Some folks who claim to advocate “for” Bayh-Dole, but actually are the law’s worst enemies, argue using the line “Bayh-Dole was never intended . . . .” They leave out the part about who they mean has been doing the intending. Norman Latker? Bob Dole? Joe Allen? A bunch of university IP managers who have never read or grasped the law? Their often poorly trained in IP lawyer buddies? One would think that the intention that counts is that of Congress–Bayh-Dole is a statute, after all.
When the Supreme Court was asked to interpret Bayh-Dole in Stanford v Roche, the court set aside all those university attorneys’ opinions of what they thought “was intended”–and even set aside Senator Bayh’s argument about what he “intended.” Instead, the justices looked at the common meaning of words that carried no special definition, looked at the words that Congress had gone out of its way to define, such as “subject invention,” and then looked for Congressional intention. They did not need Sen. Bayh telling them what to think about the law. The court concluded that if Congress had intended such a sweeping change in the law as the university folks and Sen. Bayh claimed, then Congress would have gone out of its way to make that clear. Congress would have marked its intention to make a change:
It would be noteworthy enough for Congress to supplant one of the fundamental precepts of patent law and deprive inventors of rights in their own inventions. To do so under such unusual terms would be truly surprising. We are confident that if Congress had intended such a sea change in intellectual property rights it would have said so clearly—not obliquely through an ambiguous definition of “subject invention” and an idiosyncratic use of the word “retain.”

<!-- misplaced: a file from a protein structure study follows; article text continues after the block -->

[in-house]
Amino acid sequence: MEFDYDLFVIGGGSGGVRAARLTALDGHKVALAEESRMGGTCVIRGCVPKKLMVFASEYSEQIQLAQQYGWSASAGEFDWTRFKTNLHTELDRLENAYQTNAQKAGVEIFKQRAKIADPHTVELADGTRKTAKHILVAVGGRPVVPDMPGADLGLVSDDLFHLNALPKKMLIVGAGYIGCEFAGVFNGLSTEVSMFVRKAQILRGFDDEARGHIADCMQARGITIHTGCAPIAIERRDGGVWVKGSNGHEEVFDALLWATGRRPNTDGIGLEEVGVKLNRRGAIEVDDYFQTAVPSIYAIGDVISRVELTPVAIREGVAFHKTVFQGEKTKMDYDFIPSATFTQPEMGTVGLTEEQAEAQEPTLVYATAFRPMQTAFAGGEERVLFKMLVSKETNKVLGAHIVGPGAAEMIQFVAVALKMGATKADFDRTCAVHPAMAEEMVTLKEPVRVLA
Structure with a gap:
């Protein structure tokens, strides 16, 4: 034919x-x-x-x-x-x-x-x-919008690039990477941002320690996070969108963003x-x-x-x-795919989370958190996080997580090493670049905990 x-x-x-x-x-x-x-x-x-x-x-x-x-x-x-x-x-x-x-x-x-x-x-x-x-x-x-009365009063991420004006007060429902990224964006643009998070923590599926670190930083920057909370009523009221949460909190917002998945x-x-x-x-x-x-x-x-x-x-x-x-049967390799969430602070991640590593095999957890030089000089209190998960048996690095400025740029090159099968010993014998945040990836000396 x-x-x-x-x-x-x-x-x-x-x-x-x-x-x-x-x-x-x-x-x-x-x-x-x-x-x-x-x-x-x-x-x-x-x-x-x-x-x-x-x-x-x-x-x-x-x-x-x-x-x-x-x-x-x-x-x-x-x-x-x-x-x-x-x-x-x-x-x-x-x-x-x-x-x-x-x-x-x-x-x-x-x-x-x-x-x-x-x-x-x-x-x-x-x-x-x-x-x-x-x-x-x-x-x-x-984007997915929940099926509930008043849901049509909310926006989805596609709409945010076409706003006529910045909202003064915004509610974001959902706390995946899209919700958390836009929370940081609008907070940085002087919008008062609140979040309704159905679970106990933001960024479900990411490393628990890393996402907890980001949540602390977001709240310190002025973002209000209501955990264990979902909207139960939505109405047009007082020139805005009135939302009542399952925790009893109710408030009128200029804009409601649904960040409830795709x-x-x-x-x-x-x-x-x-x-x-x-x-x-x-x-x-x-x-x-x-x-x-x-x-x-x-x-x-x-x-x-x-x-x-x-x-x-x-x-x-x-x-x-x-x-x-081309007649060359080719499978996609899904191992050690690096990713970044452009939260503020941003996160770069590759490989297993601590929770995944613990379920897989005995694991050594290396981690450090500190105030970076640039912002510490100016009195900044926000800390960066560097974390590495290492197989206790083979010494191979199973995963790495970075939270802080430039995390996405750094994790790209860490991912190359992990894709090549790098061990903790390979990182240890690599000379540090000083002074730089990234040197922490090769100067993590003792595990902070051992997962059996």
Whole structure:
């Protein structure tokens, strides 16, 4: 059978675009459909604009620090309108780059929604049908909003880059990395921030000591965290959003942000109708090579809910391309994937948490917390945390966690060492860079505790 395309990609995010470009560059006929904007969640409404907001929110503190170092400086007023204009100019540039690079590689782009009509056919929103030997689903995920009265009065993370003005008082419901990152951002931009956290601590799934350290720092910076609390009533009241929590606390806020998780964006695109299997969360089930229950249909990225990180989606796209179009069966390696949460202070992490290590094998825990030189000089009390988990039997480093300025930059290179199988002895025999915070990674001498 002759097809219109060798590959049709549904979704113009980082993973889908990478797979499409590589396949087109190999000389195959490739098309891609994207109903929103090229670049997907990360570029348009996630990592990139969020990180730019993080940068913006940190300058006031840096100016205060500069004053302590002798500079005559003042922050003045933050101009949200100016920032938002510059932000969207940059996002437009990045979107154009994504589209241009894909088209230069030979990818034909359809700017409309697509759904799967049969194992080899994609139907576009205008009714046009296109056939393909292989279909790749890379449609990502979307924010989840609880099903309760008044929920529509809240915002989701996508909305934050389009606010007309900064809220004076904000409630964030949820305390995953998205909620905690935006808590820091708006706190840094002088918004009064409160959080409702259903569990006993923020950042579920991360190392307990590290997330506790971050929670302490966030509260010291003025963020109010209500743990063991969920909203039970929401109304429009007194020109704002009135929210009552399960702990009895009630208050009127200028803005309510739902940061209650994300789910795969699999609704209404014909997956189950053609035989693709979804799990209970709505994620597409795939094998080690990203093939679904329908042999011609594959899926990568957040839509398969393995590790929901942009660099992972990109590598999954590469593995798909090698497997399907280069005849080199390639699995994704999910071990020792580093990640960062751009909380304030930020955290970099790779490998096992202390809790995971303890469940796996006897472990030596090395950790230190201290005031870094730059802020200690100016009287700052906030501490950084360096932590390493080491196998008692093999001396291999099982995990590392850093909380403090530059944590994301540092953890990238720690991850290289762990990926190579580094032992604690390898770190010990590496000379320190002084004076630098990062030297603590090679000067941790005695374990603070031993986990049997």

It’s clear that what the Bayh-Dole enemies mean when they assert “was never intended” is something very different from what Congress intended. They mean–though they don’t say this–that some unnamed someone never intended for the intention behind the law to be that of Congress. Senators Bayh and Dole, say, or Norman Latker, or Howard Bremer. These folks, apparently, never intended Bayh-Dole to reflect the intention of Congress, but rather, apparently, their personal intention, not expressed in the words of the law, but rather in regulatory rewriting of the law, statements they made later about the law, claims they made about the history of the law. In short, the enemies of Bayh-Dole argue that Bayh-Dole should be a law of personal caprice–a coterie of unelected officials should dictate to the executive branch and to the courts what they want the law to mean. “It was never intended that the law we claim to support should be read in the manner of standard federal law,” but rather Bayh-Dole must be interpreted according to the statements later of what people involved in drafting the law claim that they thought they were doing.
Well, poop on that, and on them. Let’s consider how all this plays out with a simple approach to a fundamental policy issue. I’ll point out that I am going to be coarsely simple, and that won’t sit well with those readers who demand nuance and qualification and sophistication. There’s a time for that, of course, but there’s also value in being, well, coarsely simple. Continue reading